There are all sorts of reasons not to like books. You might not like the writing style, or the genre, or the content, or whatever. That is okay. I was reading a fantasy series some years ago, an epic six book thing. I do not recall who the author was off the top of my head, but that isn’t important. The thing was that I was three books in and wasn’t having any fun. The hero was kind of a jerk, and then actually switched sides, making it hard to root for him. What I realized it was missing was comic relief. That series was desperate for humor.

So own up to it, especially if it is a classic or something recommended to you. If you came up to me in the library and said “put one of your favorite books in my hand” I might give you, say, Neil Gaiman’s American Gods. Perhaps once you were reading it you might say to yourself “ye gods, what dreck. There are like 80 ways I don’t like this book.” If that were the case, then you should stop reading it and come back and ask for something else. I would not be offended.

book
Yeah, this one isn’t a keeper.

Come to terms with not reading everything

This is a big one. No one can read all the books (although I do know someone who read 300 in a single year). And most of us haven’t read all of the books everyone is “supposed” to read. You know, those books on the required reading lists you get in school. Spoiler alert: those lists change over time.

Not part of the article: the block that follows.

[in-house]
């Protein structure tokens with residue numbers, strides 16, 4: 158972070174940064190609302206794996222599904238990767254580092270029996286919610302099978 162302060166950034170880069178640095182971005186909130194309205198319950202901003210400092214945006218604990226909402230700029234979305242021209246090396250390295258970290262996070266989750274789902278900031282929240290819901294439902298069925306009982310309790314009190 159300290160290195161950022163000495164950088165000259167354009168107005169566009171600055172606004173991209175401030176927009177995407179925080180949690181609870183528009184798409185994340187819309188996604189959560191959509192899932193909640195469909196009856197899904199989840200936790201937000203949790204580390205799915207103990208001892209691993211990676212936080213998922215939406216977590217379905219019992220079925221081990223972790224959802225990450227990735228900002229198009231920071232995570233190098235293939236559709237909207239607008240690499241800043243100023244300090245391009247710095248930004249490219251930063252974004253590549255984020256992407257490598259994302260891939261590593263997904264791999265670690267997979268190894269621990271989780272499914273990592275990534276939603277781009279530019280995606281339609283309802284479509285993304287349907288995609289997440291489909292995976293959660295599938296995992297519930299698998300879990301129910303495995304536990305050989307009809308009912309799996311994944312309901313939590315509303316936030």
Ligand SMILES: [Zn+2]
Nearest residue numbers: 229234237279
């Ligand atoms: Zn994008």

Time for an experiment. I just now did a Google search for books everyone should read, and this was the first result. Only 30 books on there, so give me a moment to count how many I have read. Processing your results…15! I’ve read exactly half. Interesting list, with a mix of genres and newer and older books. Some that I haven’t read: Little Women (maybe wrong demographic here, although I did just read Jane Eyre a couple years back), The Book Thief (newer book I haven’t gotten around to yet), A Tale of Two Cities (I haven’t read any Dickens ever), and The Color Purple (which I started years and years ago but couldn’t get into).

Classics for a reason

I am mildly fascinated with what qualifies a book to be considered a classic. This is a topic that many people more learned than me have tackled. The point here is that a lot of these books are considered classics for a reason. Hmm, that sounds like a future blog post in and of itself. You might find it worthwhile to give some of the ones you haven’t read a shot. Or to revisit ones you read before, like in school, and didn’t care for back then.

I first read To Kill A Mockingbird in 10th grade, and it didn’t make much of an impression on me. I read it again maybe 15 years later and was like, oh, this is probably the best book ever. On a side note, for a book that is about pretty common things, it has an unusual quality that sets it apart. I have on more than one occasion had a patron clamoring for something like it, only to disappoint them with the news that there is nothing else like it.